Dr. Oz Misleading?

Dr. Oz
Dr. Oz has been accused of gravely misleading viewers who watch his popular television show. Oz does not just play a doctor on television. Dr. Oz is a real Medical Doctor (M.D.) with a spectacular resume to his credit. He is a highly recognized surgical professor at Columbia University and has been since 2001.

His academic credentials consist of attendance at Harvard University and he earned his medical degree from the University of Pennsylvania. Considered an expert in the field of cardio-thoracic procedures, Oz is revered by thousands of people who follow his on-air medical advice without question.

The health of those viewers most loyal to Dr. Mehmet Oz is precisely what makes this information so disturbing. Reports claim more than 50 percent of the medical advice Oz disseminates on his show is bogus. Critics argue that Oz needs to stop shopping dubious weight-loss products to the public altogether and focus more on his medical specialty which is surgery. It has been said by medical experts that much of the information Oz blurts out on his show can prove dangerous to the public.

Researchers from the British Medical Journal conducted a recent study on the Dr. Oz Show. They randomly selected 40 episodes to assess the accuracy of recommendations made by the celebrity-doctor regarding alternative therapies, nutrition and other medical concepts. Researcher did find 46 percent of the doctor’s claims were scientifically warranted, but 36 percent of his claims had no supporting evidence at all. What is more, 15 percent of his claims were an outright contra-indication to scientifically based evidence.

Law makers have also alleged that Dr. Oz is potentially creating big problems by misleading the public with wellness schemes that deceive and do not deliver. In June of this year, Dr. Oz’s claims caught the attention of the United States Congress where the doctor’s falsifying advertisements, claims and promotion of nutritional products were heavily addressed in a hearing on Capitol Hill.

During the hearing, Claire McCaskill (D-Mo) practically accused Oz of “taking advantage of ignorant, vulnerable people.” She added that she had no idea why Dr. Oz has to lie to the public considering he is a trained medical scientist and he knows what he is saying is untrue. “[Oz is creating] a recipe for disaster, stated Senator McCaskill.” The Senator believes that Oz’s unsubstantiated claims merely help opportunists peddle bogus cures that can endanger unsuspecting consumers.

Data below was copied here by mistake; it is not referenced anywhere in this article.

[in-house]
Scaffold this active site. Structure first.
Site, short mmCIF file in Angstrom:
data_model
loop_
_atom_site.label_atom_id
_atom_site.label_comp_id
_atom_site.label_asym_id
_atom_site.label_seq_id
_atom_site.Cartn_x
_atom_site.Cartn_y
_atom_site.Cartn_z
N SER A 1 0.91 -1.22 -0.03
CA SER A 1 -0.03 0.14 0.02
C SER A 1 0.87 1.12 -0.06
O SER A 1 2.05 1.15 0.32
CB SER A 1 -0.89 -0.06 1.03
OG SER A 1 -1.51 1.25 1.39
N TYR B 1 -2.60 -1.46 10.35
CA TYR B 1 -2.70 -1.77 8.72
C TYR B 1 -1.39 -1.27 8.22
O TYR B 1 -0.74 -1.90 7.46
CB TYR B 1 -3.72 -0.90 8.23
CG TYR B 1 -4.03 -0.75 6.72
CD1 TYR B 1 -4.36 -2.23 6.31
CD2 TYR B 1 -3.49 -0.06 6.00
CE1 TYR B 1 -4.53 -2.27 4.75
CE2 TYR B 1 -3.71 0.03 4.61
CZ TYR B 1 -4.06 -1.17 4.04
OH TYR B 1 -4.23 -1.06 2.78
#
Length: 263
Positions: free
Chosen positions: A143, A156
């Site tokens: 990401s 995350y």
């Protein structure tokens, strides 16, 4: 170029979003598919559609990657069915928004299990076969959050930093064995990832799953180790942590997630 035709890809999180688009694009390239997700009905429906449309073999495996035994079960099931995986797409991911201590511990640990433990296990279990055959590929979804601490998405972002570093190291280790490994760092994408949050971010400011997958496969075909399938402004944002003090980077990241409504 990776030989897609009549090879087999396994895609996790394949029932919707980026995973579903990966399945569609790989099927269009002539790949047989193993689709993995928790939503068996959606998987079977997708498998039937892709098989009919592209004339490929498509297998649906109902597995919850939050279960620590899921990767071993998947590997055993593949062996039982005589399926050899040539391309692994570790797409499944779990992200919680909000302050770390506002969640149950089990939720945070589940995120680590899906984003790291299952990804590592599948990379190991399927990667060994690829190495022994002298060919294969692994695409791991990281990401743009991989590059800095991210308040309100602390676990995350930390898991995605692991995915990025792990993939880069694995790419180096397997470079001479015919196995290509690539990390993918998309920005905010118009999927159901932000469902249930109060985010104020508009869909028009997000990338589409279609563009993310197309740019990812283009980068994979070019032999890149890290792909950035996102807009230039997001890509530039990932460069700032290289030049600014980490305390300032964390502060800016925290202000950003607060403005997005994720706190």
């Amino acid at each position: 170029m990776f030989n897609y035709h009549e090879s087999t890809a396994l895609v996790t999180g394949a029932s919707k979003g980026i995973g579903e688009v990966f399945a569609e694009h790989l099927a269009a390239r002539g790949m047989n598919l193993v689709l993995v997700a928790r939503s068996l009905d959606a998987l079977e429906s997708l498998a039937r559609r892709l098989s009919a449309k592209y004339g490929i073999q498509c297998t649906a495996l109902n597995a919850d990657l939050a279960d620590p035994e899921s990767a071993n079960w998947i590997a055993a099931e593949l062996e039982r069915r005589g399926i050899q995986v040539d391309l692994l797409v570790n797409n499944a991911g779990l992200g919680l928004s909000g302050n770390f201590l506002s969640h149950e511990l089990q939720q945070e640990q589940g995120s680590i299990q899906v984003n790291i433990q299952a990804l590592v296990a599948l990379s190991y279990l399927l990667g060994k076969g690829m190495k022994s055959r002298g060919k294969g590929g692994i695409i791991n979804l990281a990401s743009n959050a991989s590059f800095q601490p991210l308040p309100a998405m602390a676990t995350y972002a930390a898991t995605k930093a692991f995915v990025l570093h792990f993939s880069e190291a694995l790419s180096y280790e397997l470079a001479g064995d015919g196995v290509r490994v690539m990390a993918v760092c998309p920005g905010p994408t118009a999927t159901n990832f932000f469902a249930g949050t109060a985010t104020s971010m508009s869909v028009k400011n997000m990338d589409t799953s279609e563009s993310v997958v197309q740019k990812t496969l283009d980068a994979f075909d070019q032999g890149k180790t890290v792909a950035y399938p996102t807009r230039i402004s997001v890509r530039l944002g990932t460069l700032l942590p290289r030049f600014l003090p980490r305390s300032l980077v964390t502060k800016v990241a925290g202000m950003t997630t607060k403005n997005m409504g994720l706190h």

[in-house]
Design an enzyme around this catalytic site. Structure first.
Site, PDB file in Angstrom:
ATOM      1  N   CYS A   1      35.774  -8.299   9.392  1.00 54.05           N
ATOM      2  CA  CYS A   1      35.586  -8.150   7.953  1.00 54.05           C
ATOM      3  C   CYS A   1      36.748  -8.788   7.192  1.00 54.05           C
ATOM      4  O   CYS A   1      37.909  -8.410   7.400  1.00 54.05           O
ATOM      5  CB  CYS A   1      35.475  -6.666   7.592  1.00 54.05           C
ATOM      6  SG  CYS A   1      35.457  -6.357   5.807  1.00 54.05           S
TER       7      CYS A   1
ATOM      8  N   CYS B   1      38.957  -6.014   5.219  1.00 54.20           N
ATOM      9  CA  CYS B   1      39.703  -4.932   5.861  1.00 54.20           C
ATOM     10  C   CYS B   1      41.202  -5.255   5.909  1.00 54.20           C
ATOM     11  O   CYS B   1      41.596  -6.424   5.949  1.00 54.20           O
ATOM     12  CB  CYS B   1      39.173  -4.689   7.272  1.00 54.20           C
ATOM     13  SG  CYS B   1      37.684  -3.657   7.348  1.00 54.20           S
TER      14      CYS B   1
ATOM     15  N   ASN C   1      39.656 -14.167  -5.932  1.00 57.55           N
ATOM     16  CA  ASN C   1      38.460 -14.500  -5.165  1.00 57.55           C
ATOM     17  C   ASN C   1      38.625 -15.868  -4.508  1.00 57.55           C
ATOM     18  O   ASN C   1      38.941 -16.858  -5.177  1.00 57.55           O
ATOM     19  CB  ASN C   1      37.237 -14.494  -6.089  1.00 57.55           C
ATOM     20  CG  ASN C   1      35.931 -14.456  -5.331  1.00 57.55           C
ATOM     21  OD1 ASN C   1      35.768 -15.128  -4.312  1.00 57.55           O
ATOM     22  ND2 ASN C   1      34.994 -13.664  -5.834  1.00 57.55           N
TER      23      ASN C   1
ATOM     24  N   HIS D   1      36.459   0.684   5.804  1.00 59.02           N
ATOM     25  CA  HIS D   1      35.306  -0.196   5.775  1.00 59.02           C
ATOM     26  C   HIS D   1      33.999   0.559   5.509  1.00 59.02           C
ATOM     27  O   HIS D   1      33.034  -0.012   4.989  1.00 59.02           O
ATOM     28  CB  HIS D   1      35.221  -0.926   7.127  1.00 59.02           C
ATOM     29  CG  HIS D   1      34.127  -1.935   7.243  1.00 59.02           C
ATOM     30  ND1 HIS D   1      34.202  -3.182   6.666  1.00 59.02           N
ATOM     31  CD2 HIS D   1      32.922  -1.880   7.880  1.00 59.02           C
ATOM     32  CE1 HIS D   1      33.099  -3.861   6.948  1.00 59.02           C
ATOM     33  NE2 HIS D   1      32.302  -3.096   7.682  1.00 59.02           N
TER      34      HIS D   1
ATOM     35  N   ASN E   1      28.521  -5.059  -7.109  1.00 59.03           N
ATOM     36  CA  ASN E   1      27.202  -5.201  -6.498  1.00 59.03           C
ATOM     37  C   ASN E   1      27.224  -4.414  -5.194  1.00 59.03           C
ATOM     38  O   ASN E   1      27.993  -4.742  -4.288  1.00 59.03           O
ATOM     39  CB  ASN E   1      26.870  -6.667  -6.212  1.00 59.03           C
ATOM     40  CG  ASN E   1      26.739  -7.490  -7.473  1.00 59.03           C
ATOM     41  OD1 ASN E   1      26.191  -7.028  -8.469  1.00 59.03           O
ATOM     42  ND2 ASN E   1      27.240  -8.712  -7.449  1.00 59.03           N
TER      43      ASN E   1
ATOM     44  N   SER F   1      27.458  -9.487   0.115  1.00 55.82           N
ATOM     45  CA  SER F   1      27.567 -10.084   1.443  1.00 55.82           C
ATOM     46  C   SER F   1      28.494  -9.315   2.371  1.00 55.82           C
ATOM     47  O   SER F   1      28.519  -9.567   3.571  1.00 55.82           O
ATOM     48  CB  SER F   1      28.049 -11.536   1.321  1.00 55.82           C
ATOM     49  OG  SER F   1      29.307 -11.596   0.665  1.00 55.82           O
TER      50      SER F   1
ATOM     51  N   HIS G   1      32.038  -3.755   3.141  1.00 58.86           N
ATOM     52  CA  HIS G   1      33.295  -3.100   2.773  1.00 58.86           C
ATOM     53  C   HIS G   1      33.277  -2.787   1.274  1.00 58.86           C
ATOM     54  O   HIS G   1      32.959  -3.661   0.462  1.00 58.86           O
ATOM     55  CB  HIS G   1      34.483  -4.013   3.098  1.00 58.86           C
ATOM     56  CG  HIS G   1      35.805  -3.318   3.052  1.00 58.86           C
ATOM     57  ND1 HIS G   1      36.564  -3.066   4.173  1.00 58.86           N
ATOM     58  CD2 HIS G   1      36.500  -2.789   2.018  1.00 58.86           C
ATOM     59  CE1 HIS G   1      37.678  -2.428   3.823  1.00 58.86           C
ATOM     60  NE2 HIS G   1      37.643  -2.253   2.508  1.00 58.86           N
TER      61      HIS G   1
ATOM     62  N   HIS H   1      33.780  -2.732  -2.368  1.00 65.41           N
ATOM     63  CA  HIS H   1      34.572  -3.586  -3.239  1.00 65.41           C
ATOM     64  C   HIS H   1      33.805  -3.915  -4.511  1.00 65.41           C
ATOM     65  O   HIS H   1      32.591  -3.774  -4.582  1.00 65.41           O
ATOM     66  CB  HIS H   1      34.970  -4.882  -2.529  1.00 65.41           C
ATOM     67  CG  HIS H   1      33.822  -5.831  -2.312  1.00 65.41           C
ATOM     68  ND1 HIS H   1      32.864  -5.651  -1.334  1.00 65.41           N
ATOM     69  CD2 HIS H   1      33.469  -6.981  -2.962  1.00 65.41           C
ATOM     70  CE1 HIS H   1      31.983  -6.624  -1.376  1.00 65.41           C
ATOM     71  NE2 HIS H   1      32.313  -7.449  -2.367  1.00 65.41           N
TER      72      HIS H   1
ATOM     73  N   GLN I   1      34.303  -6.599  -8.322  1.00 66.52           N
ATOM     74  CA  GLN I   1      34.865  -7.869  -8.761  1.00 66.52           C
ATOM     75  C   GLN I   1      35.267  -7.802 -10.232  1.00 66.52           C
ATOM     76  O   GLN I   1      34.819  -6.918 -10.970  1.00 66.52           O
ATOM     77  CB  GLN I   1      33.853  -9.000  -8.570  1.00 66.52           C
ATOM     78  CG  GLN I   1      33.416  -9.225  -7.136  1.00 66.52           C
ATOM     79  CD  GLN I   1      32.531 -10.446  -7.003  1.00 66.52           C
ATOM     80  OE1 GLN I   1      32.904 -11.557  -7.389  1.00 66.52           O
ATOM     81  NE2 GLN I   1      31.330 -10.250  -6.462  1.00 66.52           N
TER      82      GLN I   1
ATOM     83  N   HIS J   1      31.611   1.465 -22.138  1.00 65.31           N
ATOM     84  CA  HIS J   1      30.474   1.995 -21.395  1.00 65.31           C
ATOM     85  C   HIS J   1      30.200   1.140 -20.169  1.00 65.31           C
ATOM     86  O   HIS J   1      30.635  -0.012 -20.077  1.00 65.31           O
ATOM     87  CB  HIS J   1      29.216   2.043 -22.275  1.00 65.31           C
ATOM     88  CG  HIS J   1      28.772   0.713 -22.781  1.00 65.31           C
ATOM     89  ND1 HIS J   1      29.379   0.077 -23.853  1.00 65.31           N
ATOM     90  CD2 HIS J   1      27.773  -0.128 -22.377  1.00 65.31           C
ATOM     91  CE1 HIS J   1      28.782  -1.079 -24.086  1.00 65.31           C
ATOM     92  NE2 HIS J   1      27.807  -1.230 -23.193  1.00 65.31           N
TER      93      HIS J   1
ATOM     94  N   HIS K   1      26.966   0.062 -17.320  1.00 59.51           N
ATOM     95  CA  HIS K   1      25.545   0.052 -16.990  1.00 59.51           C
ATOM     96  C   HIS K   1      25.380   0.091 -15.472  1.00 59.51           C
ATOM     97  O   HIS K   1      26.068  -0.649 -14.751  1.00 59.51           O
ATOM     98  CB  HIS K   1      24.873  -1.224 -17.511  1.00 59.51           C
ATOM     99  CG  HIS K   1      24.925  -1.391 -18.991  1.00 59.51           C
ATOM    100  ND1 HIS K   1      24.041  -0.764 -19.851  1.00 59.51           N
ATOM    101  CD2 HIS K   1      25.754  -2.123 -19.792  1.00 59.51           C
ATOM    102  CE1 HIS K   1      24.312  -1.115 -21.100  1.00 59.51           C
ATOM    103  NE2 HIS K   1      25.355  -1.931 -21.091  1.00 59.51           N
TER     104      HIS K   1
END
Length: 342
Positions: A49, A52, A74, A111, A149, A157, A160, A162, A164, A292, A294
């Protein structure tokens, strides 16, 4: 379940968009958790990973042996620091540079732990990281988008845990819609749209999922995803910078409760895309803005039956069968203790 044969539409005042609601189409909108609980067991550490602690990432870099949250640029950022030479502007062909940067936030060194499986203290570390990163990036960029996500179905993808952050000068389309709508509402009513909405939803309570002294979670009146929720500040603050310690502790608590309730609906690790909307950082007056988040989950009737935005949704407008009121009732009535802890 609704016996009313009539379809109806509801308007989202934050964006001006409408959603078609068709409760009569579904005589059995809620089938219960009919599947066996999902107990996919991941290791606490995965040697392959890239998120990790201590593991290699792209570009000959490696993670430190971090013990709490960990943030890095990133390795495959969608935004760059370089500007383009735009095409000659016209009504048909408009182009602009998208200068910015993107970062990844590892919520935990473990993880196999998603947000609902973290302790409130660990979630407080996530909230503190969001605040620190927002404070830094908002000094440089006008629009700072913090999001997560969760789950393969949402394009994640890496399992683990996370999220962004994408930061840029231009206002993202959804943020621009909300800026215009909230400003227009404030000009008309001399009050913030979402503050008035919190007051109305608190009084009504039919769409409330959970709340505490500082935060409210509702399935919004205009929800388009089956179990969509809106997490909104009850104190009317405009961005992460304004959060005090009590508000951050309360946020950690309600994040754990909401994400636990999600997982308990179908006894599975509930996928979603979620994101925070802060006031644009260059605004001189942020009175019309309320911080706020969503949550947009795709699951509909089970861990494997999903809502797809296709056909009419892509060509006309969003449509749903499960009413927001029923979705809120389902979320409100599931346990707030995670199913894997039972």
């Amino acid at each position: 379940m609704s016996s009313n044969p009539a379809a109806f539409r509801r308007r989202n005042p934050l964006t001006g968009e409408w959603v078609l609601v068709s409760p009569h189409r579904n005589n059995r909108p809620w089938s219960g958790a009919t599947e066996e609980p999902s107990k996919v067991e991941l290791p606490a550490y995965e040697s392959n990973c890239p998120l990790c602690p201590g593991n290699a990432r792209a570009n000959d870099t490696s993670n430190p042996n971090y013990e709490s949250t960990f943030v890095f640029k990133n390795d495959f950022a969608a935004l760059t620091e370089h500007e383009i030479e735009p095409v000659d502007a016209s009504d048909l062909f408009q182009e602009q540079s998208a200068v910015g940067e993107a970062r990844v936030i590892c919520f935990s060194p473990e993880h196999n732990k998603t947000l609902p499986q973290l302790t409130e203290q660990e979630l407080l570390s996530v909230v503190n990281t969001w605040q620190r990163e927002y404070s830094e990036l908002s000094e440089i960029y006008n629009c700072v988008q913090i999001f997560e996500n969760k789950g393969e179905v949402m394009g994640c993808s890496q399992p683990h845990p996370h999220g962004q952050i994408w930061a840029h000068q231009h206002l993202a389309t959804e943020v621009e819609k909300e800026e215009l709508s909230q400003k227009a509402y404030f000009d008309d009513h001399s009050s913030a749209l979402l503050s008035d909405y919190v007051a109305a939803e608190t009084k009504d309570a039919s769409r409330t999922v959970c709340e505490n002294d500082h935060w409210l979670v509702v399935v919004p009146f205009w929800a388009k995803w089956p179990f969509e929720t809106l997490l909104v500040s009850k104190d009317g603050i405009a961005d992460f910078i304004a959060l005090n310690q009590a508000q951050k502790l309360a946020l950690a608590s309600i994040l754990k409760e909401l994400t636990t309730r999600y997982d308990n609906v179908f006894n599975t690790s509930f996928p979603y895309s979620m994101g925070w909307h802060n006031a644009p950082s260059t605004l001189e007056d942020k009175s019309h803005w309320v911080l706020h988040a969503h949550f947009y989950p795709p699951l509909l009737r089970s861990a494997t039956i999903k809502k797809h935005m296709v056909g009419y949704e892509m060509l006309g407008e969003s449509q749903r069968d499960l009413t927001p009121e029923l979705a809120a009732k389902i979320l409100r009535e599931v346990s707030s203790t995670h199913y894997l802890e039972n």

Part of the irony is Dr. Oz boldly denounces scam artists that push shady wellness products by falsely using his brand. The doctor does not promote specific products nor does he openly endorse any particular supplement-supplier. He even went so far as to establish what is known as “Oz Watch” in order to snipe-out deceitful imitators that illegally use his likeness to promote products.

During the hearing, the doctor did profess that his on-air claims make it especially difficult to regulate worthwhile dietary products compared to those that do not work. Oz adds, “he has toned down claims.”

However, Dr. Oz says he strongly believes in the information he discusses on his show and he is not misleading. Combined with proper exercise and nutrition, Oz believes his on-air claims can successfully help many individuals with weight-loss without relying on prescription drugs or invasive surgeries. “I…believe in the things talked about on the show and [I] passionately study them.” He also says that he gives the same wellness advice to his own family that he shares with his audience.

By D’wayne Stanelli

Sources:
Huffington Post
Bloomberg Businessweek
Quartz
Community of Us

Photo courtesy of QueenKV – Flickr

4 Responses to "Dr. Oz Misleading?"

  1. Dwayne Stanelli   December 21, 2014 at 3:12 pm

    Well said AleksB.

    Reply
  2. AleksB   December 20, 2014 at 1:25 pm

    Unfortunately pharmacy is one of the biggest markets in the world. It’s sad, that pretty much every person has some sort of health issues and has to buy pills, would be for headache or diet pills. But even sadder that pharmacy giants and medical professional organisations spread a lot of myths and untrue fact just to sell even more stuff to those who are relying on the medicine a lot.

    As to weight loss, why people would even bother with all those diet pills? It’s a clear fact that the most effective and natural ways to lose weight and burn the fat is to control calorie consumption and working out. There are tons of different approaches to start off with. I personally prefer the ones listed in the top 5 weight loss programs of 2014 on http://www.wearskinnyjeans.com. Pretty simple to follow yet effective way to lose extra pounds.

    Reply
  3. Dwayne Stanelli   December 20, 2014 at 10:15 am

    Hi Jon and thanks for your comment. It is likely many people share your sentiment.

    Reply
  4. Jon Grant   December 20, 2014 at 8:18 am

    I’ve only seen his show a couple of times, and it did seem to be questionable at times. I don’t understand his popularity at all.

    Reply

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